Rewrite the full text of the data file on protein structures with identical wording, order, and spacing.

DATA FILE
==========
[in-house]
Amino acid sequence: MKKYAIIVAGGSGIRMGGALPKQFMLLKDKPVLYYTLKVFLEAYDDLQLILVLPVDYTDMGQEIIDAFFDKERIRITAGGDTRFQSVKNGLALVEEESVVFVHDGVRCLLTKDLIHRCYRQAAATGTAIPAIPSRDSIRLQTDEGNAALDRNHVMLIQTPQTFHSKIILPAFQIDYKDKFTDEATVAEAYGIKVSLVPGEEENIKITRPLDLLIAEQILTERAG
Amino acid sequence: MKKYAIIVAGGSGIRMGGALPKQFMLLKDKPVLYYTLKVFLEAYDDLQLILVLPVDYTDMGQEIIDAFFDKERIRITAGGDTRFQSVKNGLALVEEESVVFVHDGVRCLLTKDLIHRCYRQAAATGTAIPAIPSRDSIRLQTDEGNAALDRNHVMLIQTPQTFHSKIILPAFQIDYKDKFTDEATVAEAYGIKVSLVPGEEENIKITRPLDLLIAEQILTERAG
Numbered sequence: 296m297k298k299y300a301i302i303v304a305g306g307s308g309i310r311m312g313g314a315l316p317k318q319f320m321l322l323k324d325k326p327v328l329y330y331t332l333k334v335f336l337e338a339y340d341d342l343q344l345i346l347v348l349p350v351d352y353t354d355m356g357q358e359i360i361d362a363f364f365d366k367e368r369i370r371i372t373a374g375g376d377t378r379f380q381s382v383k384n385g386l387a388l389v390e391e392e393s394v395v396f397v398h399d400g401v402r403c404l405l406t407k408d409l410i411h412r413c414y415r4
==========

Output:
[in-house]
Amino acid sequence: MKKYAIIVAGGSGIRMGGALPKQFMLLKDKPVLYYTLKVFLEAYDDLQLILVLPVDYTDMGQEIIDAFFDKERIRITAGGDTRFQSVKNGLALVEEESVVFVHDGVRCLLTKDLIHRCYRQAAATGTAIPAIPSRDSIRLQTDEGNAALDRNHVMLIQTPQTFHSKIILPAFQIDYKDKFTDEATVAEAYGIKVSLVPGEEENIKITRPLDLLIAEQILTERAG
Amino acid sequence: MKKYAIIVAGGSGIRMGGALPKQFMLLKDKPVLYYTLKVFLEAYDDLQLILVLPVDYTDMGQEIIDAFFDKERIRITAGGDTRFQSVKNGLALVEEESVVFVHDGVRCLLTKDLIHRCYRQAAATGTAIPAIPSRDSIRLQTDEGNAALDRNHVMLIQTPQTFHSKIILPAFQIDYKDKFTDEATVAEAYGIKVSLVPGEEENIKITRPLDLLIAEQILTERAG
Numbered sequence: 296m297k298k299y300a301i302i303v304a305g306g307s308g309i310r311m312g313g314a315l316p317k318q319f320m321l322l323k324d325k326p327v328l329y330y331t332l333k334v335f336l337e338a339y340d341d342l343q344l345i346l347v348l349p350v351d352y353t354d355m356g357q358e359i360i361d362a363f364f365d366k367e368r369i370r371i372t373a374g375g376d377t378r379f380q381s382v383k384n385g386l387a388l389v390e391e392e393s394v395v396f397v398h399d400g401v402r403c404l405l406t407k408d409l410i411h412r413c414y415r4